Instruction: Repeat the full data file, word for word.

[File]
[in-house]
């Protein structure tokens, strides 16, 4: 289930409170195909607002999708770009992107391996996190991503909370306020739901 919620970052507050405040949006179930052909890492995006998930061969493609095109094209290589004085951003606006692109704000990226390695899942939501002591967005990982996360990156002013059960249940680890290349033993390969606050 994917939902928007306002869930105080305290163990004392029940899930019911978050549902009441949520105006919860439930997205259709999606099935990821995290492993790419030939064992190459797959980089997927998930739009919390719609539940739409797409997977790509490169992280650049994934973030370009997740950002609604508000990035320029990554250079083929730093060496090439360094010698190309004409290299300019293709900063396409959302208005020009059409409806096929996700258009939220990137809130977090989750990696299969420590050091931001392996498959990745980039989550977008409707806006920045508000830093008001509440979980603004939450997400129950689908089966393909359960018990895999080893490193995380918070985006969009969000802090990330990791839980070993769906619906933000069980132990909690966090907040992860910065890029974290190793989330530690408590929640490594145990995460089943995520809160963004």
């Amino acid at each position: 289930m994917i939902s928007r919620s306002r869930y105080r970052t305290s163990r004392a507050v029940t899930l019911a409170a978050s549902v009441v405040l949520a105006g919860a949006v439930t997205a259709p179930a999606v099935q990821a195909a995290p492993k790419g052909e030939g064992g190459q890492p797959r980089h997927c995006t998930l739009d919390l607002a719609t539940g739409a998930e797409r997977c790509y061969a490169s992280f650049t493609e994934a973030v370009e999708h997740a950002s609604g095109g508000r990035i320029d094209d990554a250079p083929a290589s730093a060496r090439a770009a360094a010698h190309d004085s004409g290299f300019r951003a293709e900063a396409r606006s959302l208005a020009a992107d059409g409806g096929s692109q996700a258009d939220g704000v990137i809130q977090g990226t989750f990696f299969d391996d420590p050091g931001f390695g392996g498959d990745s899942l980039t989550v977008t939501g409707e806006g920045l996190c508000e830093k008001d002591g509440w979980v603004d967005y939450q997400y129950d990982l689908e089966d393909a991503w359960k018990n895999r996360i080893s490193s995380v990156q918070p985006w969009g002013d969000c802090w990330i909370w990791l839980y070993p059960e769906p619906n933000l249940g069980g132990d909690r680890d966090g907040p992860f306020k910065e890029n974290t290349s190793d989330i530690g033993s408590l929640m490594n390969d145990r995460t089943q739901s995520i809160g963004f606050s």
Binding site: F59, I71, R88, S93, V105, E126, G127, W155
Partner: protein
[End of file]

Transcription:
[in-house]
């Protein structure tokens, strides 16, 4: 289930409170195909607002999708770009992107391996996190991503909370306020739901 919620970052507050405040949006179930052909890492995006998930061969493609095109094209290589004085951003606006692109704000990226390695899942939501002591967005990982996360990156002013059960249940680890290349033993390969606050 994917939902928007306002869930105080305290163990004392029940899930019911978050549902009441949520105006919860439930997205259709999606099935990821995290492993790419030939064992190459797959980089997927998930739009919390719609539940739409797409997977790509490169992280650049994934973030370009997740950002609604508000990035320029990554250079083929730093060496090439360094010698190309004409290299300019293709900063396409959302208005020009059409409806096929996700258009939220990137809130977090989750990696299969420590050091931001392996498959990745980039989550977008409707806006920045508000830093008001509440979980603004939450997400129950689908089966393909359960018990895999080893490193995380918070985006969009969000802090990330990791839980070993769906619906933000069980132990909690966090907040992860910065890029974290190793989330530690408590929640490594145990995460089943995520809160963004």
């Amino acid at each position: 289930m994917i939902s928007r919620s306002r869930y105080r970052t305290s163990r004392a507050v029940t899930l019911a409170a978050s549902v009441v405040l949520a105006g919860a949006v439930t997205a259709p179930a999606v099935q990821a195909a995290p492993k790419g052909e030939g064992g190459q890492p797959r980089h997927c995006t998930l739009d919390l607002a719609t539940g739409a998930e797409r997977c790509y061969a490169s992280f650049t493609e994934a973030v370009e999708h997740a950002s609604g095109g508000r990035i320029d094209d990554a250079p083929a290589s730093a060496r090439a770009a360094a010698h190309d004085s004409g290299f300019r951003a293709e900063a396409r606006s959302l208005a020009a992107d059409g409806g096929s692109q996700a258009d939220g704000v990137i809130q977090g990226t989750f990696f299969d391996d420590p050091g931001f390695g392996g498959d990745s899942l980039t989550v977008t939501g409707e806006g920045l996190c508000e830093k008001d002591g509440w979980v603004d967005y939450q997400y129950d990982l689908e089966d393909a991503w359960k018990n895999r996360i080893s490193s995380v990156q918070p985006w969009g002013d969000c802090w990330i909370w990791l839980y070993p059960e769906p619906n933000l249940g069980g132990d909690r680890d966090g907040p992860f306020k910065e890029n974290t290349s190793d989330i530690g033993s408590l929640m490594n390969d145990r995460t089943q739901s995520i809160g963004f606050s």
Binding site: F59, I71, R88, S93, V105, E126, G127, W155
Partner: protein